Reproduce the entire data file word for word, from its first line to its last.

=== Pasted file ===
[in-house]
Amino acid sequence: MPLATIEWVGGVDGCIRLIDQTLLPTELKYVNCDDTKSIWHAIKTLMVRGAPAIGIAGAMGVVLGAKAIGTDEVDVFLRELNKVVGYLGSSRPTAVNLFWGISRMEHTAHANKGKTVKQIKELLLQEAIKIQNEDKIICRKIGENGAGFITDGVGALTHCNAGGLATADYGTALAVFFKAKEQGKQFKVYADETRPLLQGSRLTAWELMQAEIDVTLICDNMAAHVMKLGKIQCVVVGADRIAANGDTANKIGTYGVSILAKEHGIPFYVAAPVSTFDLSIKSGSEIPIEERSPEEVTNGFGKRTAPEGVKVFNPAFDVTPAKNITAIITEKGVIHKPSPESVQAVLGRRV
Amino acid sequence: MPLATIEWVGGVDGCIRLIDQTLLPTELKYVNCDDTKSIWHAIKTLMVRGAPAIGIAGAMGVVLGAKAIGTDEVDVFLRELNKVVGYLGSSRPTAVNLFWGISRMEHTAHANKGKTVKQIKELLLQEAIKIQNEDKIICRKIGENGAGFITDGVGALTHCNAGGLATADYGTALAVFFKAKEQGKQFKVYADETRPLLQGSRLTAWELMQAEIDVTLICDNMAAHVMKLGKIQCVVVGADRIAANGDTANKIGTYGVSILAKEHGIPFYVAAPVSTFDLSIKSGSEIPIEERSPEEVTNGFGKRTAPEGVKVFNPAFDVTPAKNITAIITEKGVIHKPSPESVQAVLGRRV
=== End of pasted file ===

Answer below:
[in-house]
Amino acid sequence: MPLATIEWVGGVDGCIRLIDQTLLPTELKYVNCDDTKSIWHAIKTLMVRGAPAIGIAGAMGVVLGAKAIGTDEVDVFLRELNKVVGYLGSSRPTAVNLFWGISRMEHTAHANKGKTVKQIKELLLQEAIKIQNEDKIICRKIGENGAGFITDGVGALTHCNAGGLATADYGTALAVFFKAKEQGKQFKVYADETRPLLQGSRLTAWELMQAEIDVTLICDNMAAHVMKLGKIQCVVVGADRIAANGDTANKIGTYGVSILAKEHGIPFYVAAPVSTFDLSIKSGSEIPIEERSPEEVTNGFGKRTAPEGVKVFNPAFDVTPAKNITAIITEKGVIHKPSPESVQAVLGRRV
Amino acid sequence: MPLATIEWVGGVDGCIRLIDQTLLPTELKYVNCDDTKSIWHAIKTLMVRGAPAIGIAGAMGVVLGAKAIGTDEVDVFLRELNKVVGYLGSSRPTAVNLFWGISRMEHTAHANKGKTVKQIKELLLQEAIKIQNEDKIICRKIGENGAGFITDGVGALTHCNAGGLATADYGTALAVFFKAKEQGKQFKVYADETRPLLQGSRLTAWELMQAEIDVTLICDNMAAHVMKLGKIQCVVVGADRIAANGDTANKIGTYGVSILAKEHGIPFYVAAPVSTFDLSIKSGSEIPIEERSPEEVTNGFGKRTAPEGVKVFNPAFDVTPAKNITAIITEKGVIHKPSPESVQAVLGRRV